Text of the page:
These plans aim to increase the availability of Secure Forensic Mental Health and Learning Disability Services enabling more patients to receive care closer to home. They will also significantly reduce the national shortage of beds for young people with severe mental health problems. We hope that our new developments will help to create a centre of excellence by attracting highly skilled, sustainable mental health workforce and modernising our facilities.
Our Plans - Woodhaven
Woodhaven (currently a Low Secure Hospital for adults with a learning disability) is being redesigned to become an Adolescent Low Secure Hospital. This will provide up to 14 beds primarily for young people from the south of the country. The interim low secure ward currently located in Bluebird House will transfer over to the new low secure hospital when it is ready.
This will help to meet the national shortage of beds for young people with special mental health needs and will mean that patients living in the south of the country will be able to be treated closer to home preventing them having to travel long distances to receive the care they need.
Plans have been agreed, and we began building work to Woodhaven in November 2018. The outside of the building will not change but the interior will be redesigned to ensure it meets the needs of the patients.
Patients based at Woodhaven
To allow us to redesign the Woodhaven site, we have temporarily moved the patients based in Ashford Ward at Woodhaven, to Ashurst Ward at Ravenswood House, our Medium Secure Forensic Hospital based in Fareham.
New Low Secure Forensic Residential Unit for patients with a learning disability
To accommodate the patients currently being supported at Woodhaven we plan to build a brand new bespoke 10 bedded Low Secure Forensic Residential Unit on the main Tatchbury Mount site adjacent to Woodhaven. To make use of current resources this replaces Rufus Lodge, currently an unused clinical building onsite.
The new building will be tailored around the needs of our patients with all the up to date facilities needed to enable us to continue providing the best care to our patients. Our patients, families and carers and our staff will have an opportunity to influence the interior design of the residential building.
We received approval for the planning permission we began building work in November 2018 with a completion date of January 2020.
Following the outcomes from the CQC inspection in 2014, Ravenswood House has undergone some significant work to ensure it is safe and fit for purpose for its patients.
Patients previously being supported on Ashurst Ward have moved to Meon Valley Ward within Ravenswood. This has enabled works to be carried out on Ashurst Ward to re-designed and ensure it meets the needs of our low secure patients with a learning disability that have temporarily moved from Woodhaven.
Why are things changing?
There are a number of reasons behind our plans to change our services.
The Adult forensic Pathway needs to be reconfigured so that we can reduce the length of stay of patients in hospital in order to support them in the community, where they can be treated in the least restrictive manner which will promote recovery and rehabilitation.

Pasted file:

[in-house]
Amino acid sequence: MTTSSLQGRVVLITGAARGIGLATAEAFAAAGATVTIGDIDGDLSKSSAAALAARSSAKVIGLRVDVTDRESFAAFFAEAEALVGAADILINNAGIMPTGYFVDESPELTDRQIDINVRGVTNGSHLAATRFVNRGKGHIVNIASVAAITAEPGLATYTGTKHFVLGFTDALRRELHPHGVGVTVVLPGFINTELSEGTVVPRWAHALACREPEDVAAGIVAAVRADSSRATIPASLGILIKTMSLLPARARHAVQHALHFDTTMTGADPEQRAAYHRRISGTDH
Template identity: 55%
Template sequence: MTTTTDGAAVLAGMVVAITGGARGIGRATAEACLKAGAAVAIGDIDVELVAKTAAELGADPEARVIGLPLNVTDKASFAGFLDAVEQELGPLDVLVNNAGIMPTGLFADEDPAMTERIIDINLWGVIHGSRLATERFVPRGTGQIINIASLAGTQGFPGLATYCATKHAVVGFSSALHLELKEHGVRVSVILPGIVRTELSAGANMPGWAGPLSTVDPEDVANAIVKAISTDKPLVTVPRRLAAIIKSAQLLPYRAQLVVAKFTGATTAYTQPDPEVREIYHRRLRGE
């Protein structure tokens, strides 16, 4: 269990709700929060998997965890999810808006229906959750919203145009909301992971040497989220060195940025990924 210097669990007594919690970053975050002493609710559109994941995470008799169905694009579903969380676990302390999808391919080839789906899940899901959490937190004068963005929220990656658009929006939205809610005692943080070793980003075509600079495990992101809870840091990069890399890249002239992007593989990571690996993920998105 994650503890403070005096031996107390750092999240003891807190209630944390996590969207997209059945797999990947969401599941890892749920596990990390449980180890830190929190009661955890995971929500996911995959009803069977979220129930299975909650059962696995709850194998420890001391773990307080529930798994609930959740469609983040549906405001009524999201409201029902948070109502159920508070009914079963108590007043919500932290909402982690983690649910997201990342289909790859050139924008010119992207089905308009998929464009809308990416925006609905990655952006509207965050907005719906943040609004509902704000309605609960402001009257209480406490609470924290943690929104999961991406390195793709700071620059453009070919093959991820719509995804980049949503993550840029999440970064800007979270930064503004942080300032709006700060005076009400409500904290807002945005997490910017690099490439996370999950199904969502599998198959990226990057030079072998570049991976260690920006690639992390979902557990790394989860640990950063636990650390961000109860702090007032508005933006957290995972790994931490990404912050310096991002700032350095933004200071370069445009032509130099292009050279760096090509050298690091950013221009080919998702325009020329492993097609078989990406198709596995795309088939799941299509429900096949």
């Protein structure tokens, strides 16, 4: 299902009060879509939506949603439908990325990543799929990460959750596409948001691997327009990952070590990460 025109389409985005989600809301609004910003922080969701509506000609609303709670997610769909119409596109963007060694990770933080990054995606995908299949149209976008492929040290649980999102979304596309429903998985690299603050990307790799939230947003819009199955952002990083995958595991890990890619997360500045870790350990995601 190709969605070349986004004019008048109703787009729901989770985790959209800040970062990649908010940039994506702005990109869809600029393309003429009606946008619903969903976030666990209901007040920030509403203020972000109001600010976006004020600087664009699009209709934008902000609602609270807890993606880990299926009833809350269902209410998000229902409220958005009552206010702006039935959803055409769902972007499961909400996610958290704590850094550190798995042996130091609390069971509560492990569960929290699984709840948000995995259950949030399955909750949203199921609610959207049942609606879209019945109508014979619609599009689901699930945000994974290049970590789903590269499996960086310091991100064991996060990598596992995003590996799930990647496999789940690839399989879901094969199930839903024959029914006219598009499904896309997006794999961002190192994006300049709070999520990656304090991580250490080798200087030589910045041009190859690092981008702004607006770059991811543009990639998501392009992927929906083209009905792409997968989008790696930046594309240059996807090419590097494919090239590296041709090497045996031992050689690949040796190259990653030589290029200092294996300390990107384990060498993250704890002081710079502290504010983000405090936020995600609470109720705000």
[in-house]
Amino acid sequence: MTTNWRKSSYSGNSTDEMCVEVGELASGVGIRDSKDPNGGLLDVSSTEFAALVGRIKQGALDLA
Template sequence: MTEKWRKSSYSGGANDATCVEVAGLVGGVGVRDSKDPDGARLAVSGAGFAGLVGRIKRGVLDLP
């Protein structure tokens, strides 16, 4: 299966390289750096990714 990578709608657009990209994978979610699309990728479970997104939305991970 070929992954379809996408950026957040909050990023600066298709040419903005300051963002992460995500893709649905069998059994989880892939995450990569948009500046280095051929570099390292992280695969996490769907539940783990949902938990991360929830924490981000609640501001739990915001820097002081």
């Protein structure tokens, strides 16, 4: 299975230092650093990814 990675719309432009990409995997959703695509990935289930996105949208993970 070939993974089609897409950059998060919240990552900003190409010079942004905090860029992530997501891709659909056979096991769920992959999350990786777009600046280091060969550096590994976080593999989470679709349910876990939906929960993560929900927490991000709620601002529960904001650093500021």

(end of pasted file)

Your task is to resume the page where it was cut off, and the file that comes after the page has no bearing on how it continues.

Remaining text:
We currently have more people in medium secure settings due to a relative under provision of low secure beds. We will provide more low secure services for adults, and more services for female patients will require care in low secure settings with the aim of promoting the recovery and rehabilitation.
Due to the imbalance between low and medium secure beds, patients from our catchment area have to go out of area to access care, which makes maintaining contact with families and rehabilitation more difficult.
In our Adolescent Forensic Services, whilst we provide a medium secure service, we have no low secure service. Nationally there is inadequate provision of low secure services for young people, resulting in young people from the south of the country having to sometimes travel hundreds of miles away from their homes and families to receive treatment.The provision of a new low secure service will mean that young people who need care in secure settings will have a complete pathway available locally, and will be able to stay closer to their families.
Your views are so important and we want to keep you involved and fully up to date with our plans and the development of our services.
Where to find more information
We will keep you regularly updated via this dedicated web page and Facebook.
We have held an open evening on Wednesday 9 May 2018, where members of the public were able to meet our Clinical and Project Management Team Staff and find out more about our plans to develop our Forensic Low Secure Services, and had an opportunity to see what we proposed the buildings would look like, and to share their views and ask any questions they had.
We are looking to hold another open evening soon, more details will follow. If you would like to receive an email when this event is arranged please contact email@example.com
If you would like to discuss our plans or if you have any questions please feel free to contact us via e-mail at firstname.lastname@example.org or via telephone on 023 80 874656.
Timelines of dates
Monday 30 April 2018
Webpage with detail of plans by Monday 30 April 2018
Wednesday 9 May 2018
Hoardings will go up around Rufus Lodge
Patients from Woodhaven to move to Ravenswood
Building work to begin on Rufus Lodge to become a bespoke new Low Secure Forensic Residential Unit for people with a learning disability
Redesign of Woodhaven to become a Low Secure Forensic Hospital for young people with specialist mental health needs
September 2019 (TBC)
Opening of Woodhaven – Low Secure Forensic Hospital for young people with specialist mental health needs
January 2020 (TBC)
Opening of Low Secure Residential Unit for people with a learning disability
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